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Synapse. 2019 Jul;73(7):e22096. doi: 10.1002/syn.22096. Epub 2019 Mar 23.

Imaging histamine H3 receptors with [18 F]FMH3: Test-retest and occupancy studies in the non-human primate.

Author information

1
Invicro, a Konica Minolta Company, New Haven, Connecticut.
2
Department of Diagnostic Radiology, Yale University, New Haven, Connecticut.
3
XingImaging, LLC, New Haven, Connecticut.

Abstract

A positron emission tomography (PET) radioligand, [18 F]FMH3, has been developed to interrogate histamine receptor subtype 3 (H3R), where dysfunction at this site is linked with obesity, sleep abnormality, and cognitive disorders. [18 F]FMH3 was evaluated for imaging central H3R sites in non-human primates through test-retest (TRT) and dose-receptor occupancy studies with two selective H3R antagonists in order to support clinical investigations. Two adult female baboons underwent [18 F]FMH3 PET brain scans in the HR+, at repeated baseline (n = 7) and following administration of escalating doses of ABT-239 (0.003-0.1m/kg, n = 4) and ciproxifan (0.5-2.1 mg/kg, n = 7). Volume of distribution (VT ) in brain regions was estimated using the 2-tissue compartment model. TRT variability of VT across repeated baseline scans was reported as % coefficient of variation (COV). ABT-239 and ciproxifan occupancy at H3R was estimated using the occupancy plot, and the relationship of occupancy with dose and plasma levels was determined. In baboons, distribution of [18 F]FMH3 was high in the striatum, intermediate in cortical regions, and low in the brain stem. COV of baseline VT was 7.0 ± 3.5%, averaged across regions and animals. Dose-dependent effects of ABT-239 and ciproxifan measured the brain. ED50 and EC50, respectively, were 0.011 mg/kg and 0.942 ng/ml for ABT-239 and 0.73 mg/kg and 208.3 ng/ml for ciproxifan. [18 F]FMH3 demonstrated high TRT reliability and can be used to measure occupancy of H3R-targeted drugs. Validation in non-human primates support [18 F]FMH3 PET studies toward clinical investigations of H3R.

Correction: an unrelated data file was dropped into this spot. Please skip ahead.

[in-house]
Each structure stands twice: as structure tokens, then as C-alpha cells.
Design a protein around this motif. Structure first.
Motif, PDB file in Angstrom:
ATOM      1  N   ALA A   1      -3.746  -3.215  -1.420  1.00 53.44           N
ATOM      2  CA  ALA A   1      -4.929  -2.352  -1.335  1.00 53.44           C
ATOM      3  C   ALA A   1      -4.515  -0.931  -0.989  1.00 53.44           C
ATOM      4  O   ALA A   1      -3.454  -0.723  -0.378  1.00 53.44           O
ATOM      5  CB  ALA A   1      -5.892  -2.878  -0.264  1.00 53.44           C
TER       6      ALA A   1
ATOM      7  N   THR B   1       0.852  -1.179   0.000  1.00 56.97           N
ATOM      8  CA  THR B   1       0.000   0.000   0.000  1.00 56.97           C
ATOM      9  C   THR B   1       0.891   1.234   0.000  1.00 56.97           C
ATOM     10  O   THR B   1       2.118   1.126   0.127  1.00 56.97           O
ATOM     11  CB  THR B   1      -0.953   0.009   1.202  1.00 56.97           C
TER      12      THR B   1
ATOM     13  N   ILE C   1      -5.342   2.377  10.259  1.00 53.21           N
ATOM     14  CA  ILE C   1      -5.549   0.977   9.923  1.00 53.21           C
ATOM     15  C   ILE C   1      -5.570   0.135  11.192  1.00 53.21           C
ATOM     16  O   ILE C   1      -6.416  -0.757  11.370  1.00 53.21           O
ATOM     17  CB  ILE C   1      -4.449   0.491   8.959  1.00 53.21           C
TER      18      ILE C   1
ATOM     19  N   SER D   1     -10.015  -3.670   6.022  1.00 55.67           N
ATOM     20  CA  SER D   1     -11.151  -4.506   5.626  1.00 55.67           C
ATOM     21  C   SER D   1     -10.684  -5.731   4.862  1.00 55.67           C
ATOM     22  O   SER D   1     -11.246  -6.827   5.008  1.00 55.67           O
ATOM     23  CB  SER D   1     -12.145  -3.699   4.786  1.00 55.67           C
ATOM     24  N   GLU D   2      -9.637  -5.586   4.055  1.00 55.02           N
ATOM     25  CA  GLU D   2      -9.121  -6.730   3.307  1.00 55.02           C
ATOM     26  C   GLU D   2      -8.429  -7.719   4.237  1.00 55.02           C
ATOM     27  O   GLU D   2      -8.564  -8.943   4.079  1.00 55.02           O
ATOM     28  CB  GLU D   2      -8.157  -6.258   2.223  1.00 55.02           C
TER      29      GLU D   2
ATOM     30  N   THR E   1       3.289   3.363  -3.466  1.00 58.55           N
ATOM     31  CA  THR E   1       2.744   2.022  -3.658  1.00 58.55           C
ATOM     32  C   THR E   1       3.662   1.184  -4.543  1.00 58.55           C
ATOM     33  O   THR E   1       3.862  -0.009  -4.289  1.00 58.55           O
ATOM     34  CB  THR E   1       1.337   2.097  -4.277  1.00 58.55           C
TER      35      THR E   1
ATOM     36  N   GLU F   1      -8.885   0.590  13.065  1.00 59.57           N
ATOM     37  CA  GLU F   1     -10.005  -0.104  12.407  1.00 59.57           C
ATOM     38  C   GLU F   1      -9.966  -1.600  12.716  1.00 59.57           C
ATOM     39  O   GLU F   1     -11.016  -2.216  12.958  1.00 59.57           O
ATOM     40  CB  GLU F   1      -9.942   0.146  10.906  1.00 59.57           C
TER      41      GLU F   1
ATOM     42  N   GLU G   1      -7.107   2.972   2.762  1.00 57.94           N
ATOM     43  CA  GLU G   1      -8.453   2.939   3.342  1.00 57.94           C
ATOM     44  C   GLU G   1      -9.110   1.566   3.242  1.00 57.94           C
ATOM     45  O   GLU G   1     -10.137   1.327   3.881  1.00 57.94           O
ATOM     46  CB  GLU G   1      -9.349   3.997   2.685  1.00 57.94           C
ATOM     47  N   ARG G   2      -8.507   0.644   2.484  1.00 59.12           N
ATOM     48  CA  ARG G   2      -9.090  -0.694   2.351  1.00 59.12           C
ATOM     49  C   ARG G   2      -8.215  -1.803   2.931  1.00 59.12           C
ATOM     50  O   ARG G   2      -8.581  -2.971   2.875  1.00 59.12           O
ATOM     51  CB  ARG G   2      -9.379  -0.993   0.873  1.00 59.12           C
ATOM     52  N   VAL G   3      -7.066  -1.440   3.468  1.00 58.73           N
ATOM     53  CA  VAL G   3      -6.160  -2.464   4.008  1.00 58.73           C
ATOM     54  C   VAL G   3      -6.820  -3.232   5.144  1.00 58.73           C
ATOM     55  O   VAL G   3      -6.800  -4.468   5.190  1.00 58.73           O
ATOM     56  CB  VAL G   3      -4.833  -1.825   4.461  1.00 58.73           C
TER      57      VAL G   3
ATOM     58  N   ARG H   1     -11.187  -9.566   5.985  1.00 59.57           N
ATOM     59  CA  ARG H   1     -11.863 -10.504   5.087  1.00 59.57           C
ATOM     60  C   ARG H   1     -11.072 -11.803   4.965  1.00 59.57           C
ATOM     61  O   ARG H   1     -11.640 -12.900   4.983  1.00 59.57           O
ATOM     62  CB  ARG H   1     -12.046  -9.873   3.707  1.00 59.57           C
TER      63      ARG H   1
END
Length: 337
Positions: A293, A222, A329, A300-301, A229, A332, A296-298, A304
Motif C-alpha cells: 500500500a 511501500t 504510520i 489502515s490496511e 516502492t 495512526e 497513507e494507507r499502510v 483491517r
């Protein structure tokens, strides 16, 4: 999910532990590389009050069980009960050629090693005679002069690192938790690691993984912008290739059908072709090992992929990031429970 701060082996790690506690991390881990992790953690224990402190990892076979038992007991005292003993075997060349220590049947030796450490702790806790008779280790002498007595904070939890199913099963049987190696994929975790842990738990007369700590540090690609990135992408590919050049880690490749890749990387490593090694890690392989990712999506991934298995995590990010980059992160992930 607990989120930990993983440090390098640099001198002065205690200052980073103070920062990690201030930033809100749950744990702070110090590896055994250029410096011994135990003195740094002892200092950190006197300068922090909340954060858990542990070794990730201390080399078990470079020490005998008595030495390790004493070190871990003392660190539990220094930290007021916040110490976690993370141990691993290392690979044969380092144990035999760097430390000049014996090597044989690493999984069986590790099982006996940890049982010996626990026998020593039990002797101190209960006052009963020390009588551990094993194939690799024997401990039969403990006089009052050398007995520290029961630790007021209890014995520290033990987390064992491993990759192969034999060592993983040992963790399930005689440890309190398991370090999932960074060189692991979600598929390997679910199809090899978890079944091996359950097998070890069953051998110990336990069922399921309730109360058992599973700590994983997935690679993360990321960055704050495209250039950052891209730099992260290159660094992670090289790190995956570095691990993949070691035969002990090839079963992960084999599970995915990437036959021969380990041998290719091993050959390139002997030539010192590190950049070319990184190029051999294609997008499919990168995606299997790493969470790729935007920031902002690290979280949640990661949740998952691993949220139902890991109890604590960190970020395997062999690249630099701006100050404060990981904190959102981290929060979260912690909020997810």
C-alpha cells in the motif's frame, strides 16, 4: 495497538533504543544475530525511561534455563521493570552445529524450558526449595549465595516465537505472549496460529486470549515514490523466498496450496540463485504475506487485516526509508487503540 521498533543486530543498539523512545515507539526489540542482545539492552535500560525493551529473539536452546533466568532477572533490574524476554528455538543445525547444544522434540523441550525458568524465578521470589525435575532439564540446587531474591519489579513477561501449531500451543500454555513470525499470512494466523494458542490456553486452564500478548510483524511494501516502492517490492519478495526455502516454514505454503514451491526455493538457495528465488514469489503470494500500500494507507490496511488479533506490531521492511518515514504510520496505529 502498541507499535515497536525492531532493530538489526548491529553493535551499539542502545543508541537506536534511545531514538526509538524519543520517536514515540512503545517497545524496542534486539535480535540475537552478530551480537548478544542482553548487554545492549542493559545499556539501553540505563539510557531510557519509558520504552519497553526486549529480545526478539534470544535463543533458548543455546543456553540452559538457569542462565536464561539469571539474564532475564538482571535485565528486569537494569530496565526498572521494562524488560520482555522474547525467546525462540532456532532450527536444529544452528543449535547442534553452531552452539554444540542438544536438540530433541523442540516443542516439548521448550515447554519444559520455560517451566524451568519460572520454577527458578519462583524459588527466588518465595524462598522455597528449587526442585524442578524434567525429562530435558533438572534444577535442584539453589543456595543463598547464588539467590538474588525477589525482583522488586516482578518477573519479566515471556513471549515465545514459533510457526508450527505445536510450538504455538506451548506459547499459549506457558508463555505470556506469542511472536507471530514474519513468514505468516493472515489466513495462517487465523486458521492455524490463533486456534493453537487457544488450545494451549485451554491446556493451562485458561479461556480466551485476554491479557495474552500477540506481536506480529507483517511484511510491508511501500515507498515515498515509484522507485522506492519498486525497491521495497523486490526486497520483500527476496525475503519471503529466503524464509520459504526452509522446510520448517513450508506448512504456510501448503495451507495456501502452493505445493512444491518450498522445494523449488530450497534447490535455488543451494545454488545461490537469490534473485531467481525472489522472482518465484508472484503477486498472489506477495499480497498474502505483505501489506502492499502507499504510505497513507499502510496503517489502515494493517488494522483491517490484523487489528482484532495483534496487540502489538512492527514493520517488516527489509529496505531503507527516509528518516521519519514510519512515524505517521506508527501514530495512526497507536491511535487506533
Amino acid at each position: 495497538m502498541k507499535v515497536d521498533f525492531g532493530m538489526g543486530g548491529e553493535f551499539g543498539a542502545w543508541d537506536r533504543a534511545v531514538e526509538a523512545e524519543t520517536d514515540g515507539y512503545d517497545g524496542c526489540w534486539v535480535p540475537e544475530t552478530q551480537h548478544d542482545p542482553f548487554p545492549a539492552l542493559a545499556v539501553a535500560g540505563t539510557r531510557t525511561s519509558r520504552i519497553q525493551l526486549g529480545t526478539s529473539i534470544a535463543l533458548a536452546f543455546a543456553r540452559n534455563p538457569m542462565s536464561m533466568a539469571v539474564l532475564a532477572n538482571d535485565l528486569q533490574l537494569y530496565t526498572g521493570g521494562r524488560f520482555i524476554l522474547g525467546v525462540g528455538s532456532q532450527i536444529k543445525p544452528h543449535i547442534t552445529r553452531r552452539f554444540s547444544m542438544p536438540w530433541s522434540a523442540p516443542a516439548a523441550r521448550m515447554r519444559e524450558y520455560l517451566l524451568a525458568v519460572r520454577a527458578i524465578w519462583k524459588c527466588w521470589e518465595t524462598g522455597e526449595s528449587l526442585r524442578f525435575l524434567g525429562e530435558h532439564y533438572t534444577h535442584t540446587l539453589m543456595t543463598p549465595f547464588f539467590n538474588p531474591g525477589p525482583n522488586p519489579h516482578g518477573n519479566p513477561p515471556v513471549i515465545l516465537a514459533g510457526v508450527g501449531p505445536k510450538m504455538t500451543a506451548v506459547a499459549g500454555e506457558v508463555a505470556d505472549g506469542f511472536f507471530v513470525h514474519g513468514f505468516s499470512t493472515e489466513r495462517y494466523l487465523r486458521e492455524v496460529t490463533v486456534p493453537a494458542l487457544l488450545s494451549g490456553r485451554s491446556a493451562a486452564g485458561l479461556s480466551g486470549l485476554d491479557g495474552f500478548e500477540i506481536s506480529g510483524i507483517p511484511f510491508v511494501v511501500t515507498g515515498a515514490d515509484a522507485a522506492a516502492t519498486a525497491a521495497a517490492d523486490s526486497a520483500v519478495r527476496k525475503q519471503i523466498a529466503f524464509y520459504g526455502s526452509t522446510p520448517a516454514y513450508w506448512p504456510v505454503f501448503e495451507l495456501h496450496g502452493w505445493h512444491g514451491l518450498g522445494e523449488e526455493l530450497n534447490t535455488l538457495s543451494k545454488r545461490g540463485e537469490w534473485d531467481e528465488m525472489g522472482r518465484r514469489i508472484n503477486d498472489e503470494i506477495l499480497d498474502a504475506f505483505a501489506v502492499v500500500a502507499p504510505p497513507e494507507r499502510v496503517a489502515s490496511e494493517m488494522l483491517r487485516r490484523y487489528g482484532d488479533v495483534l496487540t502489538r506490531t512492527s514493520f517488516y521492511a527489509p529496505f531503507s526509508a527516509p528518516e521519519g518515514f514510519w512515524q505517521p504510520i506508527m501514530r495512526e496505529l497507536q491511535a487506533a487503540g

KEYWORDS:

PET; histamine H3 receptors; non-human primate; receptor occupancy; test-retest

PMID:
30835877
DOI:
10.1002/syn.22096

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